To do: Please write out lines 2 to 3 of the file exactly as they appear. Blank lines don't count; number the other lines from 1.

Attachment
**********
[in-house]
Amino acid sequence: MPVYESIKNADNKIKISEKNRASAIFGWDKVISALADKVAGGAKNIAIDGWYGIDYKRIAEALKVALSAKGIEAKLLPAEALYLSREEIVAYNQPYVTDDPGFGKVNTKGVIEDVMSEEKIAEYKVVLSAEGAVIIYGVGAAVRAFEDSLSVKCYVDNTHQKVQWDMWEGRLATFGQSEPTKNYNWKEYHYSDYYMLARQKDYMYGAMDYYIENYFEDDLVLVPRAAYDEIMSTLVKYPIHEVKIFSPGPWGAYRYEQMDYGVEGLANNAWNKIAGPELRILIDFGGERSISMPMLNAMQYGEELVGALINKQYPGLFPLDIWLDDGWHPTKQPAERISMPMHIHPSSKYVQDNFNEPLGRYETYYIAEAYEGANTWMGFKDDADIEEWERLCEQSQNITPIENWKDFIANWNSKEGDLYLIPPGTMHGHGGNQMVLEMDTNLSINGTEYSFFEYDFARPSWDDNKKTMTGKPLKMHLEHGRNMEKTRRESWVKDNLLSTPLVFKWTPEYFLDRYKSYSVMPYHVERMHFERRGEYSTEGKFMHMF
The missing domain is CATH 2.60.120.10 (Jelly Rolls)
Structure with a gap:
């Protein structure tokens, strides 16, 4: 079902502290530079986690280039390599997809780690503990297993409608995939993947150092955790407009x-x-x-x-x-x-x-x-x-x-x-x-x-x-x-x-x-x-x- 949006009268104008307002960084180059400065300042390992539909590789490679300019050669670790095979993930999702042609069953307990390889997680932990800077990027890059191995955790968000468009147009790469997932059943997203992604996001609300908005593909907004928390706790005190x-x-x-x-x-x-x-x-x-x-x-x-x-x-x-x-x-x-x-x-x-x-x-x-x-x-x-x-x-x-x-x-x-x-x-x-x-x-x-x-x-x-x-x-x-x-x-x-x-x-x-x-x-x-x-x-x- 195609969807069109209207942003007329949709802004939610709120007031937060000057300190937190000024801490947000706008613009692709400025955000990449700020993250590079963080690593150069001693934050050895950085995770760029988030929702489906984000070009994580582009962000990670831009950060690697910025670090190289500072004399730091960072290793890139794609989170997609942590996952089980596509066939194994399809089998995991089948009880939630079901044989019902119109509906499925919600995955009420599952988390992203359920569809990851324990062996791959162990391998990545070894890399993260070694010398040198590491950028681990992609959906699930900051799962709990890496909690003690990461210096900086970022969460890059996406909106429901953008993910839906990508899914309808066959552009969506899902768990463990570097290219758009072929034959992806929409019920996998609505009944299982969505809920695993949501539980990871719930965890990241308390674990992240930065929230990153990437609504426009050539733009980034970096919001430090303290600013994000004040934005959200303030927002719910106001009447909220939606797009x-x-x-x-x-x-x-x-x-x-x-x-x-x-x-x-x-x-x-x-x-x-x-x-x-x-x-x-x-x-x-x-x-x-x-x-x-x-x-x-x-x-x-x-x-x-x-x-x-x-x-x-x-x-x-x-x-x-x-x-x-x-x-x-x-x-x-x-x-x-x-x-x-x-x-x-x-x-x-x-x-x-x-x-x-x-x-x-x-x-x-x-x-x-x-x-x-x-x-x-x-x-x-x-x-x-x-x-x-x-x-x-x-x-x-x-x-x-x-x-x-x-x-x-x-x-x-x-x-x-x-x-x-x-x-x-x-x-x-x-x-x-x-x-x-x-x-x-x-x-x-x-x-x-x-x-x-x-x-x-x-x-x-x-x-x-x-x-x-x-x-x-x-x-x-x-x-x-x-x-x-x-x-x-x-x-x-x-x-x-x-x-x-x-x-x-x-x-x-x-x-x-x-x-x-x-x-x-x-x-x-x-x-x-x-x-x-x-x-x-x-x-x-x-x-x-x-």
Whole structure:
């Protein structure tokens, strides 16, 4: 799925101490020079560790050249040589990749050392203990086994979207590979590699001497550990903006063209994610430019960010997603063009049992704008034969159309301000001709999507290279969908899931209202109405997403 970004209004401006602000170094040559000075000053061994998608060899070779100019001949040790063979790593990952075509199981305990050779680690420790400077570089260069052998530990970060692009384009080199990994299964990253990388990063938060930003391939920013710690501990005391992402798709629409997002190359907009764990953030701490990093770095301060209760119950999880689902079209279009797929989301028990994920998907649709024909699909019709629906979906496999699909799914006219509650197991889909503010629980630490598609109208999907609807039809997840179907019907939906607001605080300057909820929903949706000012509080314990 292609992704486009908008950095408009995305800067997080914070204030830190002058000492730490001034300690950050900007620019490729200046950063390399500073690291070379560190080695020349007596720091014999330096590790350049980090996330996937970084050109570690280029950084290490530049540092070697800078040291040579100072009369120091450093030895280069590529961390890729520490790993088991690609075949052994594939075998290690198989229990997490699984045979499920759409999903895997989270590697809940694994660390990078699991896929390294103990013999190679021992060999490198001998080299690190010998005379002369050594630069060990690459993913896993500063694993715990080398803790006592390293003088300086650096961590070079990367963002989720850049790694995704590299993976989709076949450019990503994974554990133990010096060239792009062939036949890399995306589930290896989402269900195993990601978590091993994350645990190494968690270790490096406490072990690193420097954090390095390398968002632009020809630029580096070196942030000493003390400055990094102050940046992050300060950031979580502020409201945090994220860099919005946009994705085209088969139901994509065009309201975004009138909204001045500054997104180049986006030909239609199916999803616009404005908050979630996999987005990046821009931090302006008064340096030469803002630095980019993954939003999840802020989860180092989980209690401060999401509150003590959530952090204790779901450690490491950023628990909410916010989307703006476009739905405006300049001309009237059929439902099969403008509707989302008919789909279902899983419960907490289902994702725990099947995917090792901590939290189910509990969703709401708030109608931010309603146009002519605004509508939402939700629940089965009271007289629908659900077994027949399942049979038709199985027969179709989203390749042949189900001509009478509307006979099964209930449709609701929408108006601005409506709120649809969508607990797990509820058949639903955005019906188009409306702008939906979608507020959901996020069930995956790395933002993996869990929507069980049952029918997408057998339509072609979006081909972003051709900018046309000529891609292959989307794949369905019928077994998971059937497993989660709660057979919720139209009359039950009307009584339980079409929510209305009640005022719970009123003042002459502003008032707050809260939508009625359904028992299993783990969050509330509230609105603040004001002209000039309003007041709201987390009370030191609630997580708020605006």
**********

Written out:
Amino acid sequence: MPVYESIKNADNKIKISEKNRASAIFGWDKVISALADKVAGGAKNIAIDGWYGIDYKRIAEALKVALSAKGIEAKLLPAEALYLSREEIVAYNQPYVTDDPGFGKVNTKGVIEDVMSEEKIAEYKVVLSAEGAVIIYGVGAAVRAFEDSLSVKCYVDNTHQKVQWDMWEGRLATFGQSEPTKNYNWKEYHYSDYYMLARQKDYMYGAMDYYIENYFEDDLVLVPRAAYDEIMSTLVKYPIHEVKIFSPGPWGAYRYEQMDYGVEGLANNAWNKIAGPELRILIDFGGERSISMPMLNAMQYGEELVGALINKQYPGLFPLDIWLDDGWHPTKQPAERISMPMHIHPSSKYVQDNFNEPLGRYETYYIAEAYEGANTWMGFKDDADIEEWERLCEQSQNITPIENWKDFIANWNSKEGDLYLIPPGTMHGHGGNQMVLEMDTNLSINGTEYSFFEYDFARPSWDDNKKTMTGKPLKMHLEHGRNMEKTRRESWVKDNLLSTPLVFKWTPEYFLDRYKSYSVMPYHVERMHFERRGEYSTEGKFMHMF
The missing domain is CATH 2.60.120.10 (Jelly Rolls)